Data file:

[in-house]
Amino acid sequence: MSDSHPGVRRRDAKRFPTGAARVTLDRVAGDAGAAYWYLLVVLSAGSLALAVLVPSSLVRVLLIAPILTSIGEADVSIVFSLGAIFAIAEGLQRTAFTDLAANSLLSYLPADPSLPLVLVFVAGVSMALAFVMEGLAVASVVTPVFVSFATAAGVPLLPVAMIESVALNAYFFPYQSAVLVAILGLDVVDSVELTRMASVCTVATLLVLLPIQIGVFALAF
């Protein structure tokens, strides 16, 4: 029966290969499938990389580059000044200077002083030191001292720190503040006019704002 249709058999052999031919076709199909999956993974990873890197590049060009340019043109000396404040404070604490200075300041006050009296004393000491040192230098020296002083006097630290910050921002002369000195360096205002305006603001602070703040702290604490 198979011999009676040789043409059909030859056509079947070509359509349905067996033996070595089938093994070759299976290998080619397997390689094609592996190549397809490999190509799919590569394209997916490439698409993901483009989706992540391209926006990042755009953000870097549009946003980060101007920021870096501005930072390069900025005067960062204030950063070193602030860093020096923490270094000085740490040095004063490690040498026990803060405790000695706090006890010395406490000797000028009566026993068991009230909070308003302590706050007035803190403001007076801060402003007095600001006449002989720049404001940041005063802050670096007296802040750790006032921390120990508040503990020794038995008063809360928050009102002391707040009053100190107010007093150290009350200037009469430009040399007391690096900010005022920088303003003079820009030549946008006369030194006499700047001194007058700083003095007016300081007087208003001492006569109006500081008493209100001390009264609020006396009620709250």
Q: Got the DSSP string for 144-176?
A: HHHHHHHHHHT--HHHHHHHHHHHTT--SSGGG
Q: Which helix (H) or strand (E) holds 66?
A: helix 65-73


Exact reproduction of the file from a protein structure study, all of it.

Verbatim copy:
[in-house]
Amino acid sequence: MSDSHPGVRRRDAKRFPTGAARVTLDRVAGDAGAAYWYLLVVLSAGSLALAVLVPSSLVRVLLIAPILTSIGEADVSIVFSLGAIFAIAEGLQRTAFTDLAANSLLSYLPADPSLPLVLVFVAGVSMALAFVMEGLAVASVVTPVFVSFATAAGVPLLPVAMIESVALNAYFFPYQSAVLVAILGLDVVDSVELTRMASVCTVATLLVLLPIQIGVFALAF
């Protein structure tokens, strides 16, 4: 029966290969499938990389580059000044200077002083030191001292720190503040006019704002 249709058999052999031919076709199909999956993974990873890197590049060009340019043109000396404040404070604490200075300041006050009296004393000491040192230098020296002083006097630290910050921002002369000195360096205002305006603001602070703040702290604490 198979011999009676040789043409059909030859056509079947070509359509349905067996033996070595089938093994070759299976290998080619397997390689094609592996190549397809490999190509799919590569394209997916490439698409993901483009989706992540391209926006990042755009953000870097549009946003980060101007920021870096501005930072390069900025005067960062204030950063070193602030860093020096923490270094000085740490040095004063490690040498026990803060405790000695706090006890010395406490000797000028009566026993068991009230909070308003302590706050007035803190403001007076801060402003007095600001006449002989720049404001940041005063802050670096007296802040750790006032921390120990508040503990020794038995008063809360928050009102002391707040009053100190107010007093150290009350200037009469430009040399007391690096900010005022920088303003003079820009030549946008006369030194006499700047001194007058700083003095007016300081007087208003001492006569109006500081008493209100001390009264609020006396009620709250």
Q: Got the DSSP string for 144-176?
A: HHHHHHHHHHT--HHHHHHHHHHHTT--SSGGG
Q: Which helix (H) or strand (E) holds 66?
A: helix 65-73